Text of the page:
Was the Kansas vote last week a striking affirmation of the right to choose? Or was it a repudiation of shameless, corrupt Christianity?
I would not ask such an incendiary question if it did not beg to be answered all the time, both in my office and in other relationships. Many Jesus followers are suffering shame because they feel associated with politicians who claim to be leading the country in the name of Jesus.
I haven’t seen any confirmation of this suspicion. But it is at least possible that Kansans, about 80% of whom identify as Christians, were trying to regain their faith, not lose it, during the recent vote.
Kansas people are known for being fiercely independent. Their faith probably has an independent streak, too. The Kansas Supreme Court said, in their ruling, “The natural right of personal autonomy is fundamental.” So women can decide what to do with their bodies. The state has led the way toward greater individual freedom in the past, too. In 1861, the Kansas territory established itself as a free state — which provoked terrorist raids by pro-slavery factions and helped incite the Civil War. In 1867, Kansas held the first referendum on women’s suffrage in the United States. On the same ballot they gave voters the opportunity to eliminate the word “white” from voter qualifications in the state Constitution three years before the 15th Amendment was ratified. Both ballot measures failed, but Kansas voters would grant women the full right to vote in 1912, well ahead of the 19th Amendment. I think many Christians might like some autonomy when it comes to coercive “Christian” leaders enacting their vision of an ideal American Empire in the name of Jesus, who is about as non-coercive and welcoming as one can get as he leads his transnational and transhistorical body!
Maybe normal Christians are fed up
I wonder. Are people finally embarrassed enough by the inept autocrat, Trump, his increasingly-incarcerated gang, and his enablers to do something about it?
Call me naïve, but I don’t believe the typical Kansan, and I know a few, would ever think of doing what their legislators did in trying to overcome their Supreme Court’s 6-1 decision that abortion was protected by their state constitution. They are probably mostly pro-life, like I am, in a broad-minded way. But they are not likely in favor of politicians controlling women and controlling pregnant people with abortion bans. What’s more, whether “life” begins at conception or birth is still an open question, and they might be thinking about that, too.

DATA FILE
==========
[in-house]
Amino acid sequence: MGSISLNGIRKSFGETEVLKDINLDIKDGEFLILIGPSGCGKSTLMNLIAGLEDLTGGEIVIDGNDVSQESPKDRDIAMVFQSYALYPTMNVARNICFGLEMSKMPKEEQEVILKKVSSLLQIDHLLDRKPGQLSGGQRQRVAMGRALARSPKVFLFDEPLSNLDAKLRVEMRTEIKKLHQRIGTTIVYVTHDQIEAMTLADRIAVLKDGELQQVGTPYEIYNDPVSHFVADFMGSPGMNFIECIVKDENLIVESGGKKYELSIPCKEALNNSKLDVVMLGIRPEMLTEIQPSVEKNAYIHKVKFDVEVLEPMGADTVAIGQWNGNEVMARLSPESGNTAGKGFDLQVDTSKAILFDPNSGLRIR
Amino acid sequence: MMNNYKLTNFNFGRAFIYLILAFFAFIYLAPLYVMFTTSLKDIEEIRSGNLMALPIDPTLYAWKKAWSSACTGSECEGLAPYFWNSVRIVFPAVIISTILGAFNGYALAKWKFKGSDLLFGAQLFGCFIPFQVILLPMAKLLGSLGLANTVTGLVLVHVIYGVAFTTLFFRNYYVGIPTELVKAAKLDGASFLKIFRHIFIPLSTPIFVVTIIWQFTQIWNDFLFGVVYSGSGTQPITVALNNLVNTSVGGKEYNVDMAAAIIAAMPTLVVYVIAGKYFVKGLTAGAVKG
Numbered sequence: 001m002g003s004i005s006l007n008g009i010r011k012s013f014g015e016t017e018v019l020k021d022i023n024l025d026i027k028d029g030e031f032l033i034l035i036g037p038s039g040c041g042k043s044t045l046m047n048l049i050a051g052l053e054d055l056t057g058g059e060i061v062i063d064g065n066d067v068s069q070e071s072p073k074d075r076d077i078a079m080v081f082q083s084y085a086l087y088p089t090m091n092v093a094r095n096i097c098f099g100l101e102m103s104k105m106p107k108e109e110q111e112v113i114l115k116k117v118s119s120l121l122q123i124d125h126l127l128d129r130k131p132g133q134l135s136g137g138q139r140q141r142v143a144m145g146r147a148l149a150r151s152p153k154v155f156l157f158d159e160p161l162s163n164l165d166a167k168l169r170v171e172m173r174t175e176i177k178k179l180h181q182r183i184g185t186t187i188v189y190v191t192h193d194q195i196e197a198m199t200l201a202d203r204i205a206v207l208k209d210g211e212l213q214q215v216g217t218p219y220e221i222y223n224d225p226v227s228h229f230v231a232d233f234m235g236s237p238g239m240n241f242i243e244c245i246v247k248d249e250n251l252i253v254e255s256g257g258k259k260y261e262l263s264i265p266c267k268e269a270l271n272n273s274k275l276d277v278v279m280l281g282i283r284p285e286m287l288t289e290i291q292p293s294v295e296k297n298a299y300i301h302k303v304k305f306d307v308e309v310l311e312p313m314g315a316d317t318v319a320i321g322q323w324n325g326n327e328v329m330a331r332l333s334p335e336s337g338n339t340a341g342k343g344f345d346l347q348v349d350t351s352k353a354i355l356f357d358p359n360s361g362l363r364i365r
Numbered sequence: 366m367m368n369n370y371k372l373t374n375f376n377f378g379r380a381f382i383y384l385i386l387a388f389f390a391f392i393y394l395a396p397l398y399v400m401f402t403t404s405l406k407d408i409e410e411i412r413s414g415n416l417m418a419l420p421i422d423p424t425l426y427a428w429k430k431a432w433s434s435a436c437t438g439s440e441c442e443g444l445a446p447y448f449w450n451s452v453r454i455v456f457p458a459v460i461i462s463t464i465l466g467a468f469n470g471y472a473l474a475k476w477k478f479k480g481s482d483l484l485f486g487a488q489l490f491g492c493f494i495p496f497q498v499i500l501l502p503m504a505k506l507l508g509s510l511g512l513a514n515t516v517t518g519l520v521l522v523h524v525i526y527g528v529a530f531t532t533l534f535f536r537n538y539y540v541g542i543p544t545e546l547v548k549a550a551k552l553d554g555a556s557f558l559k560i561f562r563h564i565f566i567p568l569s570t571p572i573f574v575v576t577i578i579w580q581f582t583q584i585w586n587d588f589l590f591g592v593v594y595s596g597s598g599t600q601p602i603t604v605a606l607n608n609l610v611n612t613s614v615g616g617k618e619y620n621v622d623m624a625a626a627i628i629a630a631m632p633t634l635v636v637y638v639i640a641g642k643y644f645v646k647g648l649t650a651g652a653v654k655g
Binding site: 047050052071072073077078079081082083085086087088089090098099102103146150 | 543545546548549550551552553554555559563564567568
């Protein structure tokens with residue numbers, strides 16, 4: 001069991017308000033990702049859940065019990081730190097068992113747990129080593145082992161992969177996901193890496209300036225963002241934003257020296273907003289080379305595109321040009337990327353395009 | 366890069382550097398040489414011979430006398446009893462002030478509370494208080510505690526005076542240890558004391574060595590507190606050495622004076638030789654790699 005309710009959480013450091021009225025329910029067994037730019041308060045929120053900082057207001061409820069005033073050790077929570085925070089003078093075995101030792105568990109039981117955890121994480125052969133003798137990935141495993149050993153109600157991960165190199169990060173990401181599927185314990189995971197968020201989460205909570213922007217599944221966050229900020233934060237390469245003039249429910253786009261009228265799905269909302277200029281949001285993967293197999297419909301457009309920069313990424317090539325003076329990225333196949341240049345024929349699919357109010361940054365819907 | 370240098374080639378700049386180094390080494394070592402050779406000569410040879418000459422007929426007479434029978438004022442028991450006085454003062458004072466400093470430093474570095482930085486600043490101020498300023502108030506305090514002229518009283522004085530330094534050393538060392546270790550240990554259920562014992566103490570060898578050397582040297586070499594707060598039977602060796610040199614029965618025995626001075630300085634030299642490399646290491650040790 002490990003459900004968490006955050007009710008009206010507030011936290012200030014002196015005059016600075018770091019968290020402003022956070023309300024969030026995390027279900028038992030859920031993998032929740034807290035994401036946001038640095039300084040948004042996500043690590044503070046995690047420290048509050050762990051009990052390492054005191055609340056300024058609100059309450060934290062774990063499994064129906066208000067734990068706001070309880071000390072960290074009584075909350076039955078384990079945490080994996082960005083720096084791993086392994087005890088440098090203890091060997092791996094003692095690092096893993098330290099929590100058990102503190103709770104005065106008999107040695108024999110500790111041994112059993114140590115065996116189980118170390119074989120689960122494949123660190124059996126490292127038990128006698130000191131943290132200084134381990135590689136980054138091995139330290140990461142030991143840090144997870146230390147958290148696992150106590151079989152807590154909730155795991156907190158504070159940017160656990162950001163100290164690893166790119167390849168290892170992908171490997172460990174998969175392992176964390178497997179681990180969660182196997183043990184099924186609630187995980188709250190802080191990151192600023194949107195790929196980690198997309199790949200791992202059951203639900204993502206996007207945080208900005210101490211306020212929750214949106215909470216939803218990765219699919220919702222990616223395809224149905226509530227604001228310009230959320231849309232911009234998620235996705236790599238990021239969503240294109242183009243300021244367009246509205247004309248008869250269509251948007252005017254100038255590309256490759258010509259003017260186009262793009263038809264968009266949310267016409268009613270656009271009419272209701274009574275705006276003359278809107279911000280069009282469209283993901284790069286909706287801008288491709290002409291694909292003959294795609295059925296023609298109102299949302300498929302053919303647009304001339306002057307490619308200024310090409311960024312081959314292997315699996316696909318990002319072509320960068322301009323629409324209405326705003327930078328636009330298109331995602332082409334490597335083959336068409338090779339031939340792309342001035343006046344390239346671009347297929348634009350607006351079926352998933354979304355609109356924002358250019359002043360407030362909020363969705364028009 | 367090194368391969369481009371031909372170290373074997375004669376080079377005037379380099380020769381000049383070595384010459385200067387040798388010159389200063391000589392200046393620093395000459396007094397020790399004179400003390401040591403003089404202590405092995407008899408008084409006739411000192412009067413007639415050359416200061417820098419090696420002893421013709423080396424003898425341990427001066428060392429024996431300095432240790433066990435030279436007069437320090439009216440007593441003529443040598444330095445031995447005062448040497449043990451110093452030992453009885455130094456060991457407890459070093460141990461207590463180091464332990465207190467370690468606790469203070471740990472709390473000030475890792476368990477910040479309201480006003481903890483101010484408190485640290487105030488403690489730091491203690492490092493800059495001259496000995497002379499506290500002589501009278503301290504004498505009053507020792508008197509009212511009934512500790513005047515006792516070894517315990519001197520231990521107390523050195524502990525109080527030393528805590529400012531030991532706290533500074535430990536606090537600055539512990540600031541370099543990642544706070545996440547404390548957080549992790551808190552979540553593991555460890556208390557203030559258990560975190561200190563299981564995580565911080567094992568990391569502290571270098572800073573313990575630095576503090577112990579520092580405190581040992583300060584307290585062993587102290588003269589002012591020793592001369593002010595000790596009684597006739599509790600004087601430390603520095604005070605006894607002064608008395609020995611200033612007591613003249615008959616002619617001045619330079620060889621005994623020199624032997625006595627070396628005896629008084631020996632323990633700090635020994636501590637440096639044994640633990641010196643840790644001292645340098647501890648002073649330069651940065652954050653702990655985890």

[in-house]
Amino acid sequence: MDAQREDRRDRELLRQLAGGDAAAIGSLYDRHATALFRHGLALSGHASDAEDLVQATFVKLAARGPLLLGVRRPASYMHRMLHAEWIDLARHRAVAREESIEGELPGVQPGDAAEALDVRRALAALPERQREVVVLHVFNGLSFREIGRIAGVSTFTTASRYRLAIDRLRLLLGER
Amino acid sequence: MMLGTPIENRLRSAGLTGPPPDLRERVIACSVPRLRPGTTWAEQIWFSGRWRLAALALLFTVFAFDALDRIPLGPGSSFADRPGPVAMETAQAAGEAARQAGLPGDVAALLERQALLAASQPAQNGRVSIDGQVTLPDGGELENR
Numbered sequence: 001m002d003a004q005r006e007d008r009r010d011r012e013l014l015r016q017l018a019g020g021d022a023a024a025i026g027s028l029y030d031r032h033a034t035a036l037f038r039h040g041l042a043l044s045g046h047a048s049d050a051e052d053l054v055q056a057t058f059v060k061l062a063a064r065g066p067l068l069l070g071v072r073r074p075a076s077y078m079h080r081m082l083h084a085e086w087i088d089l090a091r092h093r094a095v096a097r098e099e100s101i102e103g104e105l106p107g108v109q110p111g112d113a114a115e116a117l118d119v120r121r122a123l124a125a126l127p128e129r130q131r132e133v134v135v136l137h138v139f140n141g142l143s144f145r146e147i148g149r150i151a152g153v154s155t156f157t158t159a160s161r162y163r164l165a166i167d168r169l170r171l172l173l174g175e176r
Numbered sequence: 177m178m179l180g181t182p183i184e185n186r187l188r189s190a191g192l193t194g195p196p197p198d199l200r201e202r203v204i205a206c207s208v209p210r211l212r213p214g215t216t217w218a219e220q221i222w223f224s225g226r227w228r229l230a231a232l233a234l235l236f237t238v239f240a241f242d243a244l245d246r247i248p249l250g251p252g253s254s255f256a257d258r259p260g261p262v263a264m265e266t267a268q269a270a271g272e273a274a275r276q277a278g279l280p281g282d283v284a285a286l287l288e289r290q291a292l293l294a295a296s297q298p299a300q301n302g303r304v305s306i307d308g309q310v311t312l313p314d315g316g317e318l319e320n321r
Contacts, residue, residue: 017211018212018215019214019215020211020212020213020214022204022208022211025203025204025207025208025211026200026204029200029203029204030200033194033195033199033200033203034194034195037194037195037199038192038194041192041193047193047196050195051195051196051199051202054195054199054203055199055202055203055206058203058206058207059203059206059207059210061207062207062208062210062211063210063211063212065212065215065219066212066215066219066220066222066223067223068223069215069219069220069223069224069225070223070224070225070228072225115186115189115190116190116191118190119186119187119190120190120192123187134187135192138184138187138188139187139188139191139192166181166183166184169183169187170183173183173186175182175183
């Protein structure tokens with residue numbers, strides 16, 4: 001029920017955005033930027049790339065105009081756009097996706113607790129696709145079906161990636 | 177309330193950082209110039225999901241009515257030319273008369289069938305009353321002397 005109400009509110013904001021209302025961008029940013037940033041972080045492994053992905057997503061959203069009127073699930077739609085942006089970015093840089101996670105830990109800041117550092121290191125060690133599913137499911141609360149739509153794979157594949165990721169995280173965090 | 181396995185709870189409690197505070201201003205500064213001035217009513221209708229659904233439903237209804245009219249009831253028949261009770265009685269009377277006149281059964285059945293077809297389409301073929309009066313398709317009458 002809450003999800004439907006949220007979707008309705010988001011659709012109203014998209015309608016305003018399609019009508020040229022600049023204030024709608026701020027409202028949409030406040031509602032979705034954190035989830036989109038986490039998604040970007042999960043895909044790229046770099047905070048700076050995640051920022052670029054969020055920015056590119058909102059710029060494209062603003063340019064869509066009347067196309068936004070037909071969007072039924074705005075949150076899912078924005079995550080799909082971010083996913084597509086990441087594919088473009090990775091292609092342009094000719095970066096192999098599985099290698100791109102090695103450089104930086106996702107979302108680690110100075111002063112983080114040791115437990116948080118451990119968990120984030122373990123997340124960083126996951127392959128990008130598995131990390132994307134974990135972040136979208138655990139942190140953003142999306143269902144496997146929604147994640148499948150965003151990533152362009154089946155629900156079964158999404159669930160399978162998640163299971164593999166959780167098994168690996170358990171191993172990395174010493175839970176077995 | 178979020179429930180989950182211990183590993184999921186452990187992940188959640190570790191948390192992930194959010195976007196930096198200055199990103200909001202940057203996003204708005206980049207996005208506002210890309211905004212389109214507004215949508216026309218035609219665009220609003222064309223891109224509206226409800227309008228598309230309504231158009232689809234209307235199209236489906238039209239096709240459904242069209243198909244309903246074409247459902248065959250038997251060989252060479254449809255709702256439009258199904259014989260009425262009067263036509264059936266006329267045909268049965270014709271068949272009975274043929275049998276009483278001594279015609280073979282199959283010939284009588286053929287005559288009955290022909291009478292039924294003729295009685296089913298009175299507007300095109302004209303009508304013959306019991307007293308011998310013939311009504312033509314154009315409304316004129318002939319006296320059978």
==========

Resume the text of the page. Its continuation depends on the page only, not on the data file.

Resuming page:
I doubt a normal Kansan would want to gerrymander, voter-suppress, and dark-money their way into office, to begin with. They don’t favor elections that are threatening and where the results depend on who is running them. And they are sick of being overwhelmed with misinformation like the rest of us.
So it is possible they did something about it. The anti-abortion lawmakers and their supporters tried every trick. They placed a major referendum on a primary election ballot, in order to sneak it through at a time they expected low voter awareness and turnout. They knew Democrats would have little to vote for during a midterm primary and expected them to stay home. What’s more, about 30% of Kansas voters are unaffiliated with any party, so they don’t vote in primary elections. They might not have known the abortion measure was on a ballot normally of no concern to them.
Are Kansans the only Americans not subject to being hoodwinked by power-hungry aspirants to the Empire’s thrones? The anti-abortion side used confusing language in the amendment, which suggested a yes vote (to change the constitution) would ban taxpayer funding of abortions — a ban that already existed. They said the yes vote would institute laws to protect victims of rape and incest, who already had that protection with their legal access to abortion. The proponents insisted they had no intention to pass a total ban on abortion, but The Kansas Reflector obtained audio from a meeting in which a state senator and amendment advocate who promised an attempt to pass just such a ban. On top of that, the day before the election, Kansas voters received deceptive texts to vote yes to preserve “choice,” confusing untold numbers of voters. (Sarah Smarsh, NYT)